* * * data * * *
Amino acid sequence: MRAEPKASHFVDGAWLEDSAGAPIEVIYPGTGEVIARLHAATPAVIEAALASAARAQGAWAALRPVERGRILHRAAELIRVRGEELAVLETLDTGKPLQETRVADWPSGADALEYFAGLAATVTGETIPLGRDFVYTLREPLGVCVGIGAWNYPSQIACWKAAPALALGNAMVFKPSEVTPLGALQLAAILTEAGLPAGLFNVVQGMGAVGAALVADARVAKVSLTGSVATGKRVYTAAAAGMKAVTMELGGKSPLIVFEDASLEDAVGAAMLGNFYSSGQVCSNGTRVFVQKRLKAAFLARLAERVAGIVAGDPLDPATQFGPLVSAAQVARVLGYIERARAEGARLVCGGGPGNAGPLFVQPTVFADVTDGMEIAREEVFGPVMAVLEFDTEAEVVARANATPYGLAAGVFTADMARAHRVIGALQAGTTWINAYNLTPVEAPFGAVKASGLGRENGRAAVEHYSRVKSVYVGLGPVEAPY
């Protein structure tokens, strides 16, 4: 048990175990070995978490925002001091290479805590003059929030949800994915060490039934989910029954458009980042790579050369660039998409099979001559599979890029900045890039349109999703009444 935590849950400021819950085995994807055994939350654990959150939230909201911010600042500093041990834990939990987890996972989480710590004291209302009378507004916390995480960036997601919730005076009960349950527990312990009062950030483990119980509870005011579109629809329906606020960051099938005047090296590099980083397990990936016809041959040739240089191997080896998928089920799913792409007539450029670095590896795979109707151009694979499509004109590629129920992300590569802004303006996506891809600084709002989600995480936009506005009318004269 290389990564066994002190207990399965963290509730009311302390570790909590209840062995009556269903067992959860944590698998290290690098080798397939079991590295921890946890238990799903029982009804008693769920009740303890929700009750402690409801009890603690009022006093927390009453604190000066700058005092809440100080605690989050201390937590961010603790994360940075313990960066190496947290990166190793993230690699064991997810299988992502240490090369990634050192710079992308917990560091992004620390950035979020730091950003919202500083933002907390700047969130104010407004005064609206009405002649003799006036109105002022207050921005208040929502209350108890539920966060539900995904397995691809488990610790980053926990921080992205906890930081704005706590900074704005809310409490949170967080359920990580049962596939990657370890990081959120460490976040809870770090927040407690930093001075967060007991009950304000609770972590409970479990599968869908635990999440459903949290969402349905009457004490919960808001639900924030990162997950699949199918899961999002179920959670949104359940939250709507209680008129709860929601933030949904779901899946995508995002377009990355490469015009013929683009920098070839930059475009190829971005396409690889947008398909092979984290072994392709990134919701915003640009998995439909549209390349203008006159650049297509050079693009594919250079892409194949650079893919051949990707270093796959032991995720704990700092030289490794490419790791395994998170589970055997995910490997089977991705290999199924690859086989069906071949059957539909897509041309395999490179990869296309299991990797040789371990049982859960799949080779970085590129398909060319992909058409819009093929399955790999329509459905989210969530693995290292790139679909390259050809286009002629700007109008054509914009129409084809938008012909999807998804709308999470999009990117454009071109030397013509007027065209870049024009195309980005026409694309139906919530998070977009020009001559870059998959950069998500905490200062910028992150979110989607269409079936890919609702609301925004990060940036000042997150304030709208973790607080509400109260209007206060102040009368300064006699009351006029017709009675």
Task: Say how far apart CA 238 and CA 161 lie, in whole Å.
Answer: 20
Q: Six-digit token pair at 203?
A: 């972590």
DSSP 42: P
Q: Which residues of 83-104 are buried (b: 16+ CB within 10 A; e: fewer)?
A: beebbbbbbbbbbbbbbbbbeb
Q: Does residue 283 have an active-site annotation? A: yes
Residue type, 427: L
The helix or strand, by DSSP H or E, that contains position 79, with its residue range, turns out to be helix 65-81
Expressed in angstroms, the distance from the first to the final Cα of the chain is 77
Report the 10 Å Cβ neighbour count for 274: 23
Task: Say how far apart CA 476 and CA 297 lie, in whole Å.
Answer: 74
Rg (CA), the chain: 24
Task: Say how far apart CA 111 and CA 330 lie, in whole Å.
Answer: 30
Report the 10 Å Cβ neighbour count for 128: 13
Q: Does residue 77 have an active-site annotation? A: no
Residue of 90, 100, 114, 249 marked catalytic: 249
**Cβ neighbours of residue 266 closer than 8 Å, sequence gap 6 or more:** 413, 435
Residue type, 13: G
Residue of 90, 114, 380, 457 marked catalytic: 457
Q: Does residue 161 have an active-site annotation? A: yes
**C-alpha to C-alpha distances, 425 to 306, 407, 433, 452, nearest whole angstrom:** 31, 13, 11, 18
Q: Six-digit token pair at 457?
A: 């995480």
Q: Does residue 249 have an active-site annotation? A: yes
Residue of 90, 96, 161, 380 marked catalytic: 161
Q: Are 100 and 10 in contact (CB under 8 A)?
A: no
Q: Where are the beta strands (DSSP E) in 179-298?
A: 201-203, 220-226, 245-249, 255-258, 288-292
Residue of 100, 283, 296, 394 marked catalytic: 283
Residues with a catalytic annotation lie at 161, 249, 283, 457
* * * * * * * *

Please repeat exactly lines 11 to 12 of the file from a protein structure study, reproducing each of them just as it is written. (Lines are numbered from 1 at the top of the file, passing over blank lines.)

Residue type, 427: L
The helix or strand, by DSSP H or E, that contains position 79, with its residue range, turns out to be helix 65-81